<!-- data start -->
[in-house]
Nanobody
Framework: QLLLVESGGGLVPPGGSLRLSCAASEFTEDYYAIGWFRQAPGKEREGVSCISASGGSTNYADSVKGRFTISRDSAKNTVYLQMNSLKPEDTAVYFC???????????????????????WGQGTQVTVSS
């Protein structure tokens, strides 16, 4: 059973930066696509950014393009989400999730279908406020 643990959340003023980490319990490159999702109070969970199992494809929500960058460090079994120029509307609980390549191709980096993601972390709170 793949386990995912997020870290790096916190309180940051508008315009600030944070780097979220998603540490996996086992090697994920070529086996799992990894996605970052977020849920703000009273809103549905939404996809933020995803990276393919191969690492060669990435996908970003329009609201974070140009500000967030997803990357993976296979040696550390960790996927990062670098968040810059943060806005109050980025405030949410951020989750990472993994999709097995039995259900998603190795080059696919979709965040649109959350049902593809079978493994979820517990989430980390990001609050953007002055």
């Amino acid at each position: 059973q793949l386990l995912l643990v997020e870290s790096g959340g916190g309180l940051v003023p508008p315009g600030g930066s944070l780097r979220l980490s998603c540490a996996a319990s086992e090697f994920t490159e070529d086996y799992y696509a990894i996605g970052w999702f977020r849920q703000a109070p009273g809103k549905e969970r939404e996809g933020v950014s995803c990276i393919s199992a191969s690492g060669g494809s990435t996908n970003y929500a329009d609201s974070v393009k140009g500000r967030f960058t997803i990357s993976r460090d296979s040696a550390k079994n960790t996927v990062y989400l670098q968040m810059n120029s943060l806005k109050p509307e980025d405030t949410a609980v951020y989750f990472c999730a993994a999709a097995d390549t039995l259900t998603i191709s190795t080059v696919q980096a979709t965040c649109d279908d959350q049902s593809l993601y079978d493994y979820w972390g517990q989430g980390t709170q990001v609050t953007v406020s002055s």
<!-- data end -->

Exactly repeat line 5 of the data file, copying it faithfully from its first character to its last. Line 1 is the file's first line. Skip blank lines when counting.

């Amino acid at each position: 059973q793949l386990l995912l643990v997020e870290s790096g959340g916190g309180l940051v003023p508008p315009g600030g930066s944070l780097r979220l980490s998603c540490a996996a319990s086992e090697f994920t490159e070529d086996y799992y696509a990894i996605g970052w999702f977020r849920q703000a109070p009273g809103k549905e969970r939404e996809g933020v950014s995803c990276i393919s199992a191969s690492g060669g494809s990435t996908n970003y929500a329009d609201s974070v393009k140009g500000r967030f960058t997803i990357s993976r460090d296979s040696a550390k079994n960790t996927v990062y989400l670098q968040m810059n120029s943060l806005k109050p509307e980025d405030t949410a609980v951020y989750f990472c999730a993994a999709a097995d390549t039995l259900t998603i191709s190795t080059v696919q980096a979709t965040c649109d279908d959350q049902s593809l993601y079978d493994y979820w972390g517990q989430g980390t709170q990001v609050t953007v406020s002055s």